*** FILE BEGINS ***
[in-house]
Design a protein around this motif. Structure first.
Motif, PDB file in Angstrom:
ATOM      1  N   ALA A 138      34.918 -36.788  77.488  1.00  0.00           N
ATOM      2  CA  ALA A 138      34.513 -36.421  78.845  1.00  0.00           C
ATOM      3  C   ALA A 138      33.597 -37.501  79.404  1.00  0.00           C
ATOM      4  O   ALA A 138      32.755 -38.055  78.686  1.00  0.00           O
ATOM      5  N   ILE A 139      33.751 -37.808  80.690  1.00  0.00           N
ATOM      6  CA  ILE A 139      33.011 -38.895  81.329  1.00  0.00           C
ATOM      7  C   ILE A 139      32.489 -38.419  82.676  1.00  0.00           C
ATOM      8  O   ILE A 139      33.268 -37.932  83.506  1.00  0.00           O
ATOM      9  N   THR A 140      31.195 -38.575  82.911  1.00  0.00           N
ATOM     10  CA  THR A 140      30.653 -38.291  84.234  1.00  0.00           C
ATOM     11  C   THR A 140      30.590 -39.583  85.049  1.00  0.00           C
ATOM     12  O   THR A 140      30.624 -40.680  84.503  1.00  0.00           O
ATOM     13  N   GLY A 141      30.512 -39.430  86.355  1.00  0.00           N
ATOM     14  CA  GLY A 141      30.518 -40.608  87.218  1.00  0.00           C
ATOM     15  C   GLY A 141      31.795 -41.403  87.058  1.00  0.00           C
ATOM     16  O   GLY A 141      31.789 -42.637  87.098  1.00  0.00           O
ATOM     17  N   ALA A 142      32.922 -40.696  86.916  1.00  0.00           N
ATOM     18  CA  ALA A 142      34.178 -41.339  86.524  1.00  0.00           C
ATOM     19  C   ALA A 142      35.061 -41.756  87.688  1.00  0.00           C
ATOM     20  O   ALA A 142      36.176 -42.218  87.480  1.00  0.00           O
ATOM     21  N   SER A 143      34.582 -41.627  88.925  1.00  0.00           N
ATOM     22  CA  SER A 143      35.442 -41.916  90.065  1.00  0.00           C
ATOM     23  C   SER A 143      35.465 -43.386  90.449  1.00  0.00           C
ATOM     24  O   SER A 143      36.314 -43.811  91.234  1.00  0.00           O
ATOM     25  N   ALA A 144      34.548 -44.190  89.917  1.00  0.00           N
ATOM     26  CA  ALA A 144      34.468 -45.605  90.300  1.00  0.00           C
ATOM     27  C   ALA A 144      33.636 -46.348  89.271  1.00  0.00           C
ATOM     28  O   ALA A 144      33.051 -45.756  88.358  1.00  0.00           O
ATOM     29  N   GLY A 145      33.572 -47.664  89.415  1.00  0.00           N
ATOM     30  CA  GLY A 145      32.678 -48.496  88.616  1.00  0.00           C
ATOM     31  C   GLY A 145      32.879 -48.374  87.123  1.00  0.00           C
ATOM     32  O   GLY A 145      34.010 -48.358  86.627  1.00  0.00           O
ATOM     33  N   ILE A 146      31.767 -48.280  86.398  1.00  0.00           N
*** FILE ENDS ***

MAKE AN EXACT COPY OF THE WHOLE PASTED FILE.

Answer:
[in-house]
Design a protein around this motif. Structure first.
Motif, PDB file in Angstrom:
ATOM      1  N   ALA A 138      34.918 -36.788  77.488  1.00  0.00           N
ATOM      2  CA  ALA A 138      34.513 -36.421  78.845  1.00  0.00           C
ATOM      3  C   ALA A 138      33.597 -37.501  79.404  1.00  0.00           C
ATOM      4  O   ALA A 138      32.755 -38.055  78.686  1.00  0.00           O
ATOM      5  N   ILE A 139      33.751 -37.808  80.690  1.00  0.00           N
ATOM      6  CA  ILE A 139      33.011 -38.895  81.329  1.00  0.00           C
ATOM      7  C   ILE A 139      32.489 -38.419  82.676  1.00  0.00           C
ATOM      8  O   ILE A 139      33.268 -37.932  83.506  1.00  0.00           O
ATOM      9  N   THR A 140      31.195 -38.575  82.911  1.00  0.00           N
ATOM     10  CA  THR A 140      30.653 -38.291  84.234  1.00  0.00           C
ATOM     11  C   THR A 140      30.590 -39.583  85.049  1.00  0.00           C
ATOM     12  O   THR A 140      30.624 -40.680  84.503  1.00  0.00           O
ATOM     13  N   GLY A 141      30.512 -39.430  86.355  1.00  0.00           N
ATOM     14  CA  GLY A 141      30.518 -40.608  87.218  1.00  0.00           C
ATOM     15  C   GLY A 141      31.795 -41.403  87.058  1.00  0.00           C
ATOM     16  O   GLY A 141      31.789 -42.637  87.098  1.00  0.00           O
ATOM     17  N   ALA A 142      32.922 -40.696  86.916  1.00  0.00           N
ATOM     18  CA  ALA A 142      34.178 -41.339  86.524  1.00  0.00           C
ATOM     19  C   ALA A 142      35.061 -41.756  87.688  1.00  0.00           C
ATOM     20  O   ALA A 142      36.176 -42.218  87.480  1.00  0.00           O
ATOM     21  N   SER A 143      34.582 -41.627  88.925  1.00  0.00           N
ATOM     22  CA  SER A 143      35.442 -41.916  90.065  1.00  0.00           C
ATOM     23  C   SER A 143      35.465 -43.386  90.449  1.00  0.00           C
ATOM     24  O   SER A 143      36.314 -43.811  91.234  1.00  0.00           O
ATOM     25  N   ALA A 144      34.548 -44.190  89.917  1.00  0.00           N
ATOM     26  CA  ALA A 144      34.468 -45.605  90.300  1.00  0.00           C
ATOM     27  C   ALA A 144      33.636 -46.348  89.271  1.00  0.00           C
ATOM     28  O   ALA A 144      33.051 -45.756  88.358  1.00  0.00           O
ATOM     29  N   GLY A 145      33.572 -47.664  89.415  1.00  0.00           N
ATOM     30  CA  GLY A 145      32.678 -48.496  88.616  1.00  0.00           C
ATOM     31  C   GLY A 145      32.879 -48.374  87.123  1.00  0.00           C
ATOM     32  O   GLY A 145      34.010 -48.358  86.627  1.00  0.00           O
ATOM     33  N   ILE A 146      31.767 -48.280  86.398  1.00  0.00           N